By Francesco Amighetti and Beatrice Del Frate
The core principle that is at the heart of the nudge theory is that “change comes not from the inside, but the outside”, as clearly expressed by Dan Ariely – professor of psychology and behavioral economics and director of the Center for Advanced Hindsight at Duke University. For this reason, the great majority of nudge interventions consists in the re-shaping of the environment where crucial choices have to take place.
However, as the world and technology are constantly developing, so are the ways of implementing nudges. In days where everyone owns a smartphone and constantly uses it, a new and functional possibility to nudge without having to impact the outer environment comes precisely from smartphone apps. In fact, a large number of apps are nowadays being developed with insights from Behavioral Science, which contribute to make the apps we use smarter and more useful. These apps, in turn, help us behave in a smarter way in different aspects of our lives.
Two interesting examples concern the issues of following medical therapies more closely and saving more money. In both cases, choices are bound to our innate cognitive limitation in dealing with intertemporal choices, which makes it difficult for us to follow a greater goal in the future at the expense of a smaller but instant reward. Let’s see how apps can tackle this issue.
A health-saving app: Wellth
According to the World Health Organization, patient nonadherence to therapy is a worldwide problem that should be taken seriously into consideration. 45% of the US population suffer from chronic pathologies and in developed countries only 50% of those patients take the medication they have been prescribed. Nonadherence is a costly issue: in the US it is estimated to cause 125.000 deaths every year and a national cash outflow of $289 billion.
While pervasiveness of technology and its user-friendliness are often exploited to improve healthcare services and their outcomes, behavioural economics innovations have been introduced only recently to tackle these problems. Wellth, a start-up based in Brooklyn, is a smartphone app that highlighted the opportunities coming from the connection between these two concepts.
Designed especially for heart attack post-discharge adherence, daily weight monitoring, diabetes care-plans adherence, and lung diseases self-management, Wellth combines technology with behavioural economics, leveraging financial loss incentives in order to change patients’ behaviour.
How does it work? The hospital deposits $150 into your account as soon as you start to follow your medication plan. Every day for 3 months, Wellth sends you reminders and monitors your adherence using the camera (e.g. taking a snap of you taking the pills). Any time you do not comply with the plan, you lose $2 per day.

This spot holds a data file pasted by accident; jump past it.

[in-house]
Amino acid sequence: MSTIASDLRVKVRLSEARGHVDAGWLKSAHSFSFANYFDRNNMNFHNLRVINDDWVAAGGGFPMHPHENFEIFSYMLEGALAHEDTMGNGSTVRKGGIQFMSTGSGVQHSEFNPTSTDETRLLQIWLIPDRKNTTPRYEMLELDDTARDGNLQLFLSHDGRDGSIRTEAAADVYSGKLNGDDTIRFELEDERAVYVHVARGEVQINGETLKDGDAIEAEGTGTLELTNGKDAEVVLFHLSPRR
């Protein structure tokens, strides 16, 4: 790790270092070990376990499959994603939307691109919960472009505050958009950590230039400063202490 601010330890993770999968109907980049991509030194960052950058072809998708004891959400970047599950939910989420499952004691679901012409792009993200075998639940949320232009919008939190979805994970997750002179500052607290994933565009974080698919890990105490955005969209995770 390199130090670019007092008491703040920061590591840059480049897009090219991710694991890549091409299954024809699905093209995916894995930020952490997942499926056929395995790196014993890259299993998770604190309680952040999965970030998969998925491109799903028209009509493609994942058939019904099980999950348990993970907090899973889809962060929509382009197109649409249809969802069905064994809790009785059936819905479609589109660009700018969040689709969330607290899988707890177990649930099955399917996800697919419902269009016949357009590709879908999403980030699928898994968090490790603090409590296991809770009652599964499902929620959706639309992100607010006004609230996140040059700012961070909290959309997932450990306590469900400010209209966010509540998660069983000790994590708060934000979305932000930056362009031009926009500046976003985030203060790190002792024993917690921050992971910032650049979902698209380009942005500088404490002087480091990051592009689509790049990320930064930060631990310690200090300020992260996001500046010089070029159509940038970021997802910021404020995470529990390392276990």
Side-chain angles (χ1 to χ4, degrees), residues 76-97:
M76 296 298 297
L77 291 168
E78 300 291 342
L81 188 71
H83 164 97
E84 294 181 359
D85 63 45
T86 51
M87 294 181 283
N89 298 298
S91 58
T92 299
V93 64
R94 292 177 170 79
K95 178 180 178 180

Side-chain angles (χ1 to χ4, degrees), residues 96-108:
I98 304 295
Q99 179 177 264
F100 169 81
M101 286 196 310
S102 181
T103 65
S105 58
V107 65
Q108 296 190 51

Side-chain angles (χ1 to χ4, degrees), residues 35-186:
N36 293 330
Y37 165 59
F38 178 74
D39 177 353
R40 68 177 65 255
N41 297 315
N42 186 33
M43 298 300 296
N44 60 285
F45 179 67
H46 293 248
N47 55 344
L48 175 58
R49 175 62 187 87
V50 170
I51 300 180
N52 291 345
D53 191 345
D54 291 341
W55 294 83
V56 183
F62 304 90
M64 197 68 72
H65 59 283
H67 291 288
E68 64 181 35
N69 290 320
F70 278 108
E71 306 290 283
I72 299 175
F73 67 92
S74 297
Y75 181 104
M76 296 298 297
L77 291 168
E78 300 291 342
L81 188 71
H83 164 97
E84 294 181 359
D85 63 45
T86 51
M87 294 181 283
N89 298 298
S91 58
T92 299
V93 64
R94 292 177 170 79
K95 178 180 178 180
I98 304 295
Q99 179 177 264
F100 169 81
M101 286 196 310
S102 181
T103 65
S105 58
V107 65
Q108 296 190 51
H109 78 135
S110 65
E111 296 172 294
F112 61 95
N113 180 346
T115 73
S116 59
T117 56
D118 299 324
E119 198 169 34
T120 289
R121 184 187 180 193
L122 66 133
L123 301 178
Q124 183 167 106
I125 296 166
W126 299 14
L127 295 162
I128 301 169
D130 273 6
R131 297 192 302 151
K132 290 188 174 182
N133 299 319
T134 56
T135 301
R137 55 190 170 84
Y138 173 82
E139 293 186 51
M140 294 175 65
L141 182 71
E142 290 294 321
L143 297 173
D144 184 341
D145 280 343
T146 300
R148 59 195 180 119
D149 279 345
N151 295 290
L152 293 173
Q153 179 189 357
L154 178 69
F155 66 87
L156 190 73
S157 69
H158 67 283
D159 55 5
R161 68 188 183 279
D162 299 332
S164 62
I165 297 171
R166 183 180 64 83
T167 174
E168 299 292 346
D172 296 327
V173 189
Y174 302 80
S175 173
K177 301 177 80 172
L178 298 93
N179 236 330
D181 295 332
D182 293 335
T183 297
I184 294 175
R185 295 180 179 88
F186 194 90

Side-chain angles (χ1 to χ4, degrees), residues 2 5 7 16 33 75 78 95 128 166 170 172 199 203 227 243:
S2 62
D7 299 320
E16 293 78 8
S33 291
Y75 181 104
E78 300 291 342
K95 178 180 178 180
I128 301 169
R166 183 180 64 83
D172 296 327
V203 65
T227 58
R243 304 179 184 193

In spite of appearing trivial at first glance, it brings consistent results: developers claimed that it is possible to obtain a 40% or better reduction to readmissions through the app, leading to higher-level patient satisfaction and greater cost savings for both patients and healthcare companies.
A money-saving app: Qapital
Everyone wants to save money. But, everyone also finds it almost impossible to do so. Qapital is a Swedish startup that has developed an interesting app for this reason, with the investment and counseling of professor Ariely himself.
How does it work? The idea behind the app is simple: make something difficult easy and fun. More precisely, Qapital makes you save “just by doing the things you do”. In practice, this means that the act of saving is transferred into daily activities.
It all starts with setting a goal and the money needed for it, as a way to keep motivated. Afterwards, the app – which is connected with users’ credit cards – makes you set saving rules: mechanisms that allow the app itself to keep and save a set amount of money whenever performing a given action. For example, the “round up rule” saves 75 cents for every $2.25 spent for a bus ticket; the “spend less rule” asks you to spend less than $20 at Starbucks per week and keeps the rest as saving; the “guilty pleasure rule” holds extra money back whenever food is ordered online; and so on. Of course, rules are customizable in order to adjust to everyone’s daily habits and routine.
In practice, what Qapital does is nudging to break down a large saving into smaller day by day savings. In this way, it tackles the problem of intertemporal choice by making the goal closer and more achievable. It also reshapes the psychological perception of the act of saving itself, which goes from being an effort that requires great self-control to being something within everyone’s reach.